The vitreous gel occupies the entire back portion of the eyeball. With age, the vitreous gel begins to liquefy and pull away from the retina. A PVD occurs when the gel and the retina have completely separated. PVD is a natural change that occurs with age, and happen in over 75% of those aged 65 or over. It is important to remember that PVD i not an ocular disease nor is it a sign of any impending eye health issue unless it occurs at a relatively young age.
The most common symptoms of PVD are flashing lights and floaters.
For most people, no treatment is required. The detached vitreous remains detached and does not re-attach again. PVD does no cause any permanent vision loss, but some associated complications may affec the vision. It is therefore very important that you consult your ophthalmologist as early as possible for a thorough dilated retinal examination if you experience th symptoms of flashes and floaters.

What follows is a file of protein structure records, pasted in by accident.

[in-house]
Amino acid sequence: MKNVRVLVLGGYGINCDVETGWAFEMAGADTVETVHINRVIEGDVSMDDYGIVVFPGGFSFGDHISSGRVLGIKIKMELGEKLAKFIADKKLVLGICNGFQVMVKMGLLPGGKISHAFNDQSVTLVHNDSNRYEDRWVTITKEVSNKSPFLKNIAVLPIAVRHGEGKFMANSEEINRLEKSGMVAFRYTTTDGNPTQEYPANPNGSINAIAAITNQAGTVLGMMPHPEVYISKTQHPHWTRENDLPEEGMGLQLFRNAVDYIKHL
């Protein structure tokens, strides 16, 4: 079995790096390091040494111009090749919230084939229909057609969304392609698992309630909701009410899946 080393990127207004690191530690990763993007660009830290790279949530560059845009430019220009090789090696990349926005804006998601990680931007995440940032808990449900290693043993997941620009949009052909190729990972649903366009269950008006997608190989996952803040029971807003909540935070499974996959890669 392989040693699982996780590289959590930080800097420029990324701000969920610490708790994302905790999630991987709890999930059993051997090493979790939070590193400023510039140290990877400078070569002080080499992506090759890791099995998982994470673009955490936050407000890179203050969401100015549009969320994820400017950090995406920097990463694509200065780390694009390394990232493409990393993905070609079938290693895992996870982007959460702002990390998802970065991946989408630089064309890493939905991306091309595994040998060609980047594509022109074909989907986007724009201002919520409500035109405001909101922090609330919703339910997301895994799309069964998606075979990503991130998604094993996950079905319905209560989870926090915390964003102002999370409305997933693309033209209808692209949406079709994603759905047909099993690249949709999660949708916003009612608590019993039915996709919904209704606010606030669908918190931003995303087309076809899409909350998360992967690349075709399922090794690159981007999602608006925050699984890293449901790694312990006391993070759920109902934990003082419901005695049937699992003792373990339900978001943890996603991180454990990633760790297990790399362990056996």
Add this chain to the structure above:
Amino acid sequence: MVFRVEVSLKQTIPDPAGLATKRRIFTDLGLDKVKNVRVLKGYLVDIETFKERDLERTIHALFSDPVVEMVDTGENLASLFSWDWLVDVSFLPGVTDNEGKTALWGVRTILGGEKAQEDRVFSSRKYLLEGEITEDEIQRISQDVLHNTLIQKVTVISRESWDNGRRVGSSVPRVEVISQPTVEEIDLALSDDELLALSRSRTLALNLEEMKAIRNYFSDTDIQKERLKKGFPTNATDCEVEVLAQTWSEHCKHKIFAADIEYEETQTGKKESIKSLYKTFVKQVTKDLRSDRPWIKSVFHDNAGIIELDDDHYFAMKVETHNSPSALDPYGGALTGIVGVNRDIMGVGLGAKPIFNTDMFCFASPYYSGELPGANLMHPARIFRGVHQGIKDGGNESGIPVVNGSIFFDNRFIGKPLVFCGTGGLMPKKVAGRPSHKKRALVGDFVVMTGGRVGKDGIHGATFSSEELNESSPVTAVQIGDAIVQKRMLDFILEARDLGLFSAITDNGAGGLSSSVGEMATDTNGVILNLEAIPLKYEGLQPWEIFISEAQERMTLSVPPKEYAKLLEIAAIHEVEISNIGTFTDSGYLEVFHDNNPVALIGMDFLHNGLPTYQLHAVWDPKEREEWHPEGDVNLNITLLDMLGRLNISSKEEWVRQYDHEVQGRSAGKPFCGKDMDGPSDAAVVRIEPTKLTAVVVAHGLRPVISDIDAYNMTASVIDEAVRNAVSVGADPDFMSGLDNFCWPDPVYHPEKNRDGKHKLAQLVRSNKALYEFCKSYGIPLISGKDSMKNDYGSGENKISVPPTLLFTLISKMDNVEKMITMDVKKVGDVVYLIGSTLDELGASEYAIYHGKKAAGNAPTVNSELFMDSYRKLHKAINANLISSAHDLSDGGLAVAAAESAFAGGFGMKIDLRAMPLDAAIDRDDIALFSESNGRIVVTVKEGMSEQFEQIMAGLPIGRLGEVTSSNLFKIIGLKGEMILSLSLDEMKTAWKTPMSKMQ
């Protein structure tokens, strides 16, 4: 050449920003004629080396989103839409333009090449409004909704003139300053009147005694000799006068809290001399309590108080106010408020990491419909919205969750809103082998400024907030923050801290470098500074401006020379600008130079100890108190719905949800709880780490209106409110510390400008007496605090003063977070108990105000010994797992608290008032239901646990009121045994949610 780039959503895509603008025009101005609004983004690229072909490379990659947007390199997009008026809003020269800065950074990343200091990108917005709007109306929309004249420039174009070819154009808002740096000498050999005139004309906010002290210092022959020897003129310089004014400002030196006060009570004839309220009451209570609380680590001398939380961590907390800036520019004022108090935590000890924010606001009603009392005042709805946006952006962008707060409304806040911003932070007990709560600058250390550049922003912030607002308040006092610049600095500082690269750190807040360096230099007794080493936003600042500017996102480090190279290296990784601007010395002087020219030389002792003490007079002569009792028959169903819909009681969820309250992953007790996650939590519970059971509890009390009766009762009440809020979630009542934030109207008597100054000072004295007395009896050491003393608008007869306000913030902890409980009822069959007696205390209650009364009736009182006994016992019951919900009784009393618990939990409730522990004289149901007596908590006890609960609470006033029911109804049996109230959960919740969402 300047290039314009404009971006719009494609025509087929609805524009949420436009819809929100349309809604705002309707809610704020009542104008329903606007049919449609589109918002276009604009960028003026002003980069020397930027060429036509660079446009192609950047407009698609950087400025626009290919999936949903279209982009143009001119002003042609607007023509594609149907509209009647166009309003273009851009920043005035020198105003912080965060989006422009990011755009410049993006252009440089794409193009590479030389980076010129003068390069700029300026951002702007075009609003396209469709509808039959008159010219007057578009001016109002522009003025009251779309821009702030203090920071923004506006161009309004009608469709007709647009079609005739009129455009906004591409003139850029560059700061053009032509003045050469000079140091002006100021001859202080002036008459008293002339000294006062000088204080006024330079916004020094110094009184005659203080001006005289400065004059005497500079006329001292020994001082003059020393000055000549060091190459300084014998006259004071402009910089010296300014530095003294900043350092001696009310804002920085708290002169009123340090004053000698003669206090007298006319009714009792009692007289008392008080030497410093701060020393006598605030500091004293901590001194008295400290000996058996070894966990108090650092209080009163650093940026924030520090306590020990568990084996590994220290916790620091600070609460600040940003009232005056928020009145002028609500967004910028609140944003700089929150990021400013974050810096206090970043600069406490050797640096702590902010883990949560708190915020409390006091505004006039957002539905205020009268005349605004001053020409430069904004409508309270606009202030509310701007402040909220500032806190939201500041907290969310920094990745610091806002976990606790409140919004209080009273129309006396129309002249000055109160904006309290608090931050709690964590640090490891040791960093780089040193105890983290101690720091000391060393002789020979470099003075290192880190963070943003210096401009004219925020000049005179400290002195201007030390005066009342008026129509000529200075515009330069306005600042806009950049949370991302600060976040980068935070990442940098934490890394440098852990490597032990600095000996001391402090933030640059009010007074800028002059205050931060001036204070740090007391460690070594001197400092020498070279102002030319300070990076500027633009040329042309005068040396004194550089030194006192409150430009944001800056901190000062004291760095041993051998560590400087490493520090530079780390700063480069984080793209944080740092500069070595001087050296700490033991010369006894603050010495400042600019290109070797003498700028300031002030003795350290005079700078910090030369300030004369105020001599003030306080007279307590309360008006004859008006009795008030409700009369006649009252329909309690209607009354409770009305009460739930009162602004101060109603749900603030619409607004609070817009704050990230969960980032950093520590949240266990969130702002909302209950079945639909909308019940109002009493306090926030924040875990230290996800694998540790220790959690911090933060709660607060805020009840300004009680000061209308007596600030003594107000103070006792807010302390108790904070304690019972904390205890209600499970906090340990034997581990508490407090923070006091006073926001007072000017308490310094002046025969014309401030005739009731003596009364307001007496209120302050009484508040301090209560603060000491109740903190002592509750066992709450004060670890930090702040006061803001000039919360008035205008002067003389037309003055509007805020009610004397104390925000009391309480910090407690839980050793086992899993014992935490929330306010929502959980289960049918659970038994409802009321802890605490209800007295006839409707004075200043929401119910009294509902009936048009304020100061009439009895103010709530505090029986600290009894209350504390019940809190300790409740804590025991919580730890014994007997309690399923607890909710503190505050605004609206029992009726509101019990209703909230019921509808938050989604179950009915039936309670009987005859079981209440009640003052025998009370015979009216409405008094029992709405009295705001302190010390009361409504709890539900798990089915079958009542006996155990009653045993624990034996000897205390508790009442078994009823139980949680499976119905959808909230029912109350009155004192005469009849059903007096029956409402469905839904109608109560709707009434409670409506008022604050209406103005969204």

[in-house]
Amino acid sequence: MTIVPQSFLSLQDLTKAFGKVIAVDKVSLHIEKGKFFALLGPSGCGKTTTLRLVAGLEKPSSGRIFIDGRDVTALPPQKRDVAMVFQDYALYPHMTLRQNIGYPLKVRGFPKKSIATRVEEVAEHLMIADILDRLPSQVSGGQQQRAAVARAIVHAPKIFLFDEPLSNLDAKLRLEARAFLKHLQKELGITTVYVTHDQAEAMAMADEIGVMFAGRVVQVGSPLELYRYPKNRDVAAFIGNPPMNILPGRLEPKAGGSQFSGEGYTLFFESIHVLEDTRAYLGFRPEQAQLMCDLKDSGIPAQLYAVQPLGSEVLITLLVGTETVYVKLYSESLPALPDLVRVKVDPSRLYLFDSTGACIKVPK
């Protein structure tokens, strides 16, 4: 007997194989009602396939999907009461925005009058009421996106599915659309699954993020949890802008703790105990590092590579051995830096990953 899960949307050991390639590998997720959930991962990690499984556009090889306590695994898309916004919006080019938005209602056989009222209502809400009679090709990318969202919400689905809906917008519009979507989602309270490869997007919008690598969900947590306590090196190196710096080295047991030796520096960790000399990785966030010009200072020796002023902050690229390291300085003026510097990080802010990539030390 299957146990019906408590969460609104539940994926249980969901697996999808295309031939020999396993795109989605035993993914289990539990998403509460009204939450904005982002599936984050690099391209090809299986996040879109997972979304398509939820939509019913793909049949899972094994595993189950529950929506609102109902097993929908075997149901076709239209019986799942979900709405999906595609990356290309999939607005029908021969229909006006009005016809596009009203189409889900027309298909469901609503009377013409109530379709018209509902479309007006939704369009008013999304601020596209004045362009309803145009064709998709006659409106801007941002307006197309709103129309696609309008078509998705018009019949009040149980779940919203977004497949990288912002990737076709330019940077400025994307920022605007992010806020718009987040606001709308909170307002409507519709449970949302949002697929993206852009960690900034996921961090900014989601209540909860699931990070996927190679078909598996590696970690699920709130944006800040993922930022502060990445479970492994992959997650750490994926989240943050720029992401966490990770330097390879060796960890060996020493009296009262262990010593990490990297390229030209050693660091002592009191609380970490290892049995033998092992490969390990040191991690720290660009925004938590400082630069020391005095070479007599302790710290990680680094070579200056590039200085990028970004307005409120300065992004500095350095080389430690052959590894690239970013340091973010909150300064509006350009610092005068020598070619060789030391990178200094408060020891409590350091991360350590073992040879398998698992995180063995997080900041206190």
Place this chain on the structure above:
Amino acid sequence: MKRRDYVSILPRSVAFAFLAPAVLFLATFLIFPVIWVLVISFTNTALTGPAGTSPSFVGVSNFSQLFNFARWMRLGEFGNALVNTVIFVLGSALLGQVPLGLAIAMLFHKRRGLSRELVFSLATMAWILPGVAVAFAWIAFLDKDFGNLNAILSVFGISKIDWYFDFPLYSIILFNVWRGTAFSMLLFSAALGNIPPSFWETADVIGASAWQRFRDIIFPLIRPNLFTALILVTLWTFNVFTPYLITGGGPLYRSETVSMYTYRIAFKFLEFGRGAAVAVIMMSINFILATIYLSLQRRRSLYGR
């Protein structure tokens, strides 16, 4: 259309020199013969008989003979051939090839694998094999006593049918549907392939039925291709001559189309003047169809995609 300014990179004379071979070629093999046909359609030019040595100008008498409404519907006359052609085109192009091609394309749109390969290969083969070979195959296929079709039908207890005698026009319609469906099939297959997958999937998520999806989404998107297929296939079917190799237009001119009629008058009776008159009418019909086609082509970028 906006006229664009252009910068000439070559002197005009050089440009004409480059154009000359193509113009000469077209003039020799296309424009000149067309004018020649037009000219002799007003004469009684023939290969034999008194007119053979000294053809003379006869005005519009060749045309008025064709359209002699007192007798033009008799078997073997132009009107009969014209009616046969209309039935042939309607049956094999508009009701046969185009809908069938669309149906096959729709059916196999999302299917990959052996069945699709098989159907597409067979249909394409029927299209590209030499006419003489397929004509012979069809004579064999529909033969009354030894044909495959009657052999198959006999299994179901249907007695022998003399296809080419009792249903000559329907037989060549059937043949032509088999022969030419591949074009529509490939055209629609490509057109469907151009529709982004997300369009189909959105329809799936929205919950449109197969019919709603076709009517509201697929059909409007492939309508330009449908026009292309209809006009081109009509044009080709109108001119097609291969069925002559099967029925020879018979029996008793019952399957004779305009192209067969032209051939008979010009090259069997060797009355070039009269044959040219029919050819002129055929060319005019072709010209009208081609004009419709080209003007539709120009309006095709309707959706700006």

In most cases, PVDs occur without causing any problems. However, in up to 10% of cases, PVDs are accompanied by an ocular complication. These can include vitreous hemorrhages, retinal tears, and retinal detachments.